Background:The purpose of this study was to assess the impact of various kinds of emotion (sad, neutral, and laughter) on the cognitive functioning of graduate and undergraduate students. Moreover, the study aims to evaluate whether laughter as an intervention can enhance the cognitive processing of graduate and undergraduate students.
Methods:Participants were allocated through simple randomization in a 1-session, 5-trial, double-blind, and within-group design. The study incorporated three standard psychological instruments to obtain the desired datasets related to cognitive abilities, mood states, and emotion induction in five trials. Furthermore, three mood states (sad, neutral, and laughing) were induced to assess the impact of mood on cognition. The study applied a two-way factorial ANOVA (analysis of variance) to draw the desired results.
Results: The results of the present study revealed that laughter had a significant positive effect on graduate and undergraduate students' cognitive processes and mood (F = 58.49, p =.000, 2 =.38). Cognition (F= 235.56, p=.000, η2 =.71) executive functioning (F=67.62, p=.000, η2=.42), language (F=40.24, p=.000, η2=.30), visual spatial (F=43.91, p=.000, η2=.32), attention, concentration, and working memory (F=102.5, p=.000, η2=.523). Furthermore, participants were shown to be vulnerable in cognition and affect when sadness was induced.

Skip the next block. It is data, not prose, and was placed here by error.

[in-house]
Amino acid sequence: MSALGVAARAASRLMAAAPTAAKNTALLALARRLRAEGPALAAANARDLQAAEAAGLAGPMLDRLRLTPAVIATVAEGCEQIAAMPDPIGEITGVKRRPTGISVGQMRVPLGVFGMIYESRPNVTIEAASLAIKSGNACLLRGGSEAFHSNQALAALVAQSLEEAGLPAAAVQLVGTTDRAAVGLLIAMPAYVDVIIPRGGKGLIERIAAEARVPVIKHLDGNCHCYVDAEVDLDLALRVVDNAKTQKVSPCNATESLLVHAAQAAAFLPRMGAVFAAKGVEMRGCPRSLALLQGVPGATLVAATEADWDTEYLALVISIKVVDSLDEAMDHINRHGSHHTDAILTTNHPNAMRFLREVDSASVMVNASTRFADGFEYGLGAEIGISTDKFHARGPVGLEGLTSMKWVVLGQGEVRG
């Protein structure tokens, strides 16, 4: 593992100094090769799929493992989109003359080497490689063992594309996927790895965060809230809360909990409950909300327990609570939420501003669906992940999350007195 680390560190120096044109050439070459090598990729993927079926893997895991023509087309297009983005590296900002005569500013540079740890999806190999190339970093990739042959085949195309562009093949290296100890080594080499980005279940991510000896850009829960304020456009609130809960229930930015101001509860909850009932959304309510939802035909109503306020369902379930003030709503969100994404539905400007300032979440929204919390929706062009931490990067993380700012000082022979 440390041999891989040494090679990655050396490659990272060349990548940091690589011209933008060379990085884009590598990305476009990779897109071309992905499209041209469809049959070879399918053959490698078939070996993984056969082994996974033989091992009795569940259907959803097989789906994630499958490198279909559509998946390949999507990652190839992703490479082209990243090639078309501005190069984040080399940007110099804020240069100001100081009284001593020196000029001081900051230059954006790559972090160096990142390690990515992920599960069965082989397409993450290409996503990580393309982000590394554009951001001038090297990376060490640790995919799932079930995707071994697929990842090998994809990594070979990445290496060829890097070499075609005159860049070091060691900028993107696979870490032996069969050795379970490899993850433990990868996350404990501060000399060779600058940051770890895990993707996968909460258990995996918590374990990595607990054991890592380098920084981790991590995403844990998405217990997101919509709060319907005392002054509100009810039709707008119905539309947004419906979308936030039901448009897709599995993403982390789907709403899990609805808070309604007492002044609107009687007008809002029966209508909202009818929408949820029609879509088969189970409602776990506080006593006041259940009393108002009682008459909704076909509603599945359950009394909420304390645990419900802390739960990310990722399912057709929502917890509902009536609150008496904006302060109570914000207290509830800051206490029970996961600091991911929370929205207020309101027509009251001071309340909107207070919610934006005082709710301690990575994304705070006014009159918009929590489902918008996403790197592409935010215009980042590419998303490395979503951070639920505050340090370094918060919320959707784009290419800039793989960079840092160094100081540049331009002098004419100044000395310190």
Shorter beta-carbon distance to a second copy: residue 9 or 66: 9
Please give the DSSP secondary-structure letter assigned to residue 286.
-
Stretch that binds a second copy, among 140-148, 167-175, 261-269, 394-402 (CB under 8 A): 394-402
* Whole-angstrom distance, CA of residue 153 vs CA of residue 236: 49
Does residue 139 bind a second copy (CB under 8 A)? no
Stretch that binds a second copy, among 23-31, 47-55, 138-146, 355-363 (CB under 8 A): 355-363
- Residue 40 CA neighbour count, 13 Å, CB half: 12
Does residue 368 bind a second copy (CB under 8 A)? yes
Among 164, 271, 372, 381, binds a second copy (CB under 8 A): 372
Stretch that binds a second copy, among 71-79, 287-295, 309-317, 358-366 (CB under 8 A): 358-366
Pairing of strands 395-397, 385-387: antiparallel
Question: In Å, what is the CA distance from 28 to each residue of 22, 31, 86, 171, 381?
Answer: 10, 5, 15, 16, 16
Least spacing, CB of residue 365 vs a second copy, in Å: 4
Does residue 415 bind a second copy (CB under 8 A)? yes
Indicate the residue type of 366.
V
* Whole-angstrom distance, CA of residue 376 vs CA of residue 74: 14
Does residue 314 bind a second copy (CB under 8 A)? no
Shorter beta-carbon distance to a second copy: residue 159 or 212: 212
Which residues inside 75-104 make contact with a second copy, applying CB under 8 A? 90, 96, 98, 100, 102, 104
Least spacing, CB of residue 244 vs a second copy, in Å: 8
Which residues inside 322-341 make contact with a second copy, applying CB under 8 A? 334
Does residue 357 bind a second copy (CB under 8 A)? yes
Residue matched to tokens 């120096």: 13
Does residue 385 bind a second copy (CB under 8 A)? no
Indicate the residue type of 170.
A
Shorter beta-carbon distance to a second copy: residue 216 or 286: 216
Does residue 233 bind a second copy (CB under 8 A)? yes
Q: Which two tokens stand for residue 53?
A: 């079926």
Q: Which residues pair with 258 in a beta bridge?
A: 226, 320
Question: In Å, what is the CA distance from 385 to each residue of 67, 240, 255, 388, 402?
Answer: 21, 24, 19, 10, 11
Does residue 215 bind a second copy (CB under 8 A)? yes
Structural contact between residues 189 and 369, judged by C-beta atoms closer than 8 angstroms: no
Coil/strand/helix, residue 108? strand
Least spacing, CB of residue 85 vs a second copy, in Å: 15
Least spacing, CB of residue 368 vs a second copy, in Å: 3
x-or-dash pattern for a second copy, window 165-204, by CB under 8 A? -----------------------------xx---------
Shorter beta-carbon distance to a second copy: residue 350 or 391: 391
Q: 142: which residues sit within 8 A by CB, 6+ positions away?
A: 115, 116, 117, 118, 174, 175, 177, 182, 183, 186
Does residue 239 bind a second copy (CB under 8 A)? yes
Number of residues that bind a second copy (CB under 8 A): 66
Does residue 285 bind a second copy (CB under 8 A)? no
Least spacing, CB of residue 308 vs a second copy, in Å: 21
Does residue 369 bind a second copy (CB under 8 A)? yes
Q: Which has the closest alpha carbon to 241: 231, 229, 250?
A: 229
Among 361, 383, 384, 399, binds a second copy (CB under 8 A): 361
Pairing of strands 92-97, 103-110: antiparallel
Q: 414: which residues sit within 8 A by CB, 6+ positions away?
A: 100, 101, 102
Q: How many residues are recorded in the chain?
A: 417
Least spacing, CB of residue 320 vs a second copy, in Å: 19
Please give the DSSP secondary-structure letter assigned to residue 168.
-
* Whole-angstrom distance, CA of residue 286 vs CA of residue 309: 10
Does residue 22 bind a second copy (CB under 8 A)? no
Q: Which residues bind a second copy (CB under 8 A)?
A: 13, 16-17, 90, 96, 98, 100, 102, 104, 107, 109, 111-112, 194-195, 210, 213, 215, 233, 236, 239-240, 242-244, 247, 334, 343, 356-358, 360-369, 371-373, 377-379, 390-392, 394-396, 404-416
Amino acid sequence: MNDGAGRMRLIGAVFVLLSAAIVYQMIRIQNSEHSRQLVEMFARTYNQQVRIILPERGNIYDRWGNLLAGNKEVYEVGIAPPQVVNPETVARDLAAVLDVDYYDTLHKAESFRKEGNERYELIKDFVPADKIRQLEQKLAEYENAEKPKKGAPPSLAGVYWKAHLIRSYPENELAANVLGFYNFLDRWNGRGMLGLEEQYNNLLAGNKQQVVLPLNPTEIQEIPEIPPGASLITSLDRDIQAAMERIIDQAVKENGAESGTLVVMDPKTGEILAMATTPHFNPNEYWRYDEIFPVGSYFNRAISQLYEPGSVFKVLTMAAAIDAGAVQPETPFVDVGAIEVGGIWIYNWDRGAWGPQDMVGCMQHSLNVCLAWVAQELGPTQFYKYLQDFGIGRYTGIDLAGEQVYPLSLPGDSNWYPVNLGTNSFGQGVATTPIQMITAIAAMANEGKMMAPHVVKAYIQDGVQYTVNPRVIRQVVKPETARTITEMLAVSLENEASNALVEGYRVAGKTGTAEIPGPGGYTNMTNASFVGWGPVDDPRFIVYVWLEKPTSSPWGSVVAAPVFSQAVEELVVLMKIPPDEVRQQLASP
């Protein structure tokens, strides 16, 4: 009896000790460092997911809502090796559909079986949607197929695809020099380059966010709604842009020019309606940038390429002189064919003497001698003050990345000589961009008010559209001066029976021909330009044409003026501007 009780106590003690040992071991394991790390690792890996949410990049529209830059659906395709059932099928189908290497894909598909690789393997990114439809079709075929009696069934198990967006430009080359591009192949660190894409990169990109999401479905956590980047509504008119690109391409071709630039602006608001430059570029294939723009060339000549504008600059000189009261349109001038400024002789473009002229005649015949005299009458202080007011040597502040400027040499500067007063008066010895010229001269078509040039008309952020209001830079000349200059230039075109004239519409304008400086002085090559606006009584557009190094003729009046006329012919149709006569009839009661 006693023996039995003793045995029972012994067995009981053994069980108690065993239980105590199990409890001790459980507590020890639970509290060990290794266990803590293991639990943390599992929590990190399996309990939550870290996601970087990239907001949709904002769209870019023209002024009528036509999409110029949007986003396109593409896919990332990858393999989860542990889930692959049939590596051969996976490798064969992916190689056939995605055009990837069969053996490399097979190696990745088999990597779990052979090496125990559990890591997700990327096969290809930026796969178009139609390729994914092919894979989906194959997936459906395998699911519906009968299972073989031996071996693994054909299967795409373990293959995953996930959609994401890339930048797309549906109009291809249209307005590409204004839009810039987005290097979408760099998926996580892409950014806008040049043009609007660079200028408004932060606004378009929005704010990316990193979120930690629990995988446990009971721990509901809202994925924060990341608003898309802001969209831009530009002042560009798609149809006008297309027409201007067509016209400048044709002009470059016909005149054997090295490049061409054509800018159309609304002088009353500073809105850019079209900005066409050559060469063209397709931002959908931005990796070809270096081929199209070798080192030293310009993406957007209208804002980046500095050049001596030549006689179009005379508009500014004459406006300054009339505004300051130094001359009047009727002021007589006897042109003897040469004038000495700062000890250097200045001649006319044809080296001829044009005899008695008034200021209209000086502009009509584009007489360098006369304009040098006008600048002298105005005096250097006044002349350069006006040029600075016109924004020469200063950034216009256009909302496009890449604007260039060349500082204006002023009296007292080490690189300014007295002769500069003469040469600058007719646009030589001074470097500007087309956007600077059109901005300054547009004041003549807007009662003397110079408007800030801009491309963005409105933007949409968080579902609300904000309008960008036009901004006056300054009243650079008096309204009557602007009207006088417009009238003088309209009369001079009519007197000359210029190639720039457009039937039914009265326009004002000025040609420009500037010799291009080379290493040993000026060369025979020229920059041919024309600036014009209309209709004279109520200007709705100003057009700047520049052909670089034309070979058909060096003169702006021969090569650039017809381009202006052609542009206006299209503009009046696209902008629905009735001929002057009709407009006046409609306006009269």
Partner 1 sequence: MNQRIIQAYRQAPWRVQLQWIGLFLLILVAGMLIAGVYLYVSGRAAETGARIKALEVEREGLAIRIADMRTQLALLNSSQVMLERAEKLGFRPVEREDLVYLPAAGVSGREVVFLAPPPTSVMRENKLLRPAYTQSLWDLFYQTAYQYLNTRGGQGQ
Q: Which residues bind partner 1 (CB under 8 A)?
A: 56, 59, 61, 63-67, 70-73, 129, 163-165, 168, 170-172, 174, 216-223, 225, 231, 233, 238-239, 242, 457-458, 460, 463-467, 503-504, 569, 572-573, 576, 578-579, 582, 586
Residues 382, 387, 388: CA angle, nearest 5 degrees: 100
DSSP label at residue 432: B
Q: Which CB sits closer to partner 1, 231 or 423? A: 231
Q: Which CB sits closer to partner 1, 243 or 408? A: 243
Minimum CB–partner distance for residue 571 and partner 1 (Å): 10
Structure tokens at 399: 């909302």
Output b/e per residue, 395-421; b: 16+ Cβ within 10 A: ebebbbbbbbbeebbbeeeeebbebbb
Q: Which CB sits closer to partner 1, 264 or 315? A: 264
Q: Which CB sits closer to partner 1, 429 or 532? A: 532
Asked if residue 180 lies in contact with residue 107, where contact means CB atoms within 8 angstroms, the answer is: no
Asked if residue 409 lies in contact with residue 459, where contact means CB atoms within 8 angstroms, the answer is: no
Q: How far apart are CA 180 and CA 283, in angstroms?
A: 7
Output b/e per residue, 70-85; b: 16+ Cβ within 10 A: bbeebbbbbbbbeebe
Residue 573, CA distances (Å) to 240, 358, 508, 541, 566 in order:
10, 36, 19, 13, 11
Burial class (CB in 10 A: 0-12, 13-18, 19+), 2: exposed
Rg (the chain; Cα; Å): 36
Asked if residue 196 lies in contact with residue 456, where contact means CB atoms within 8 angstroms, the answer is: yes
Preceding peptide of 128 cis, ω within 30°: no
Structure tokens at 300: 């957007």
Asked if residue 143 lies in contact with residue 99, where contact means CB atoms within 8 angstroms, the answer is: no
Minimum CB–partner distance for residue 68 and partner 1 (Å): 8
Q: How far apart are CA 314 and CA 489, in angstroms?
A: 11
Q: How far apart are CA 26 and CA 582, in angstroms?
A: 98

Conclusions: The study findings offered empirical evidence that depressive mood had a negative impact on students' cognitive abilities. Results further indicate that positive emotions have a significant impact on cognition, and laughter could be a non-intrusive and easily implementable way to enhance students' affect and cognition by reducing stress and study load.
This work is licensed under a Creative Commons Attribution 4.0 International License.
Copyright (c) 2023 Hafiza Abida, Aqsa Chaman, Abdul Basit Qureshi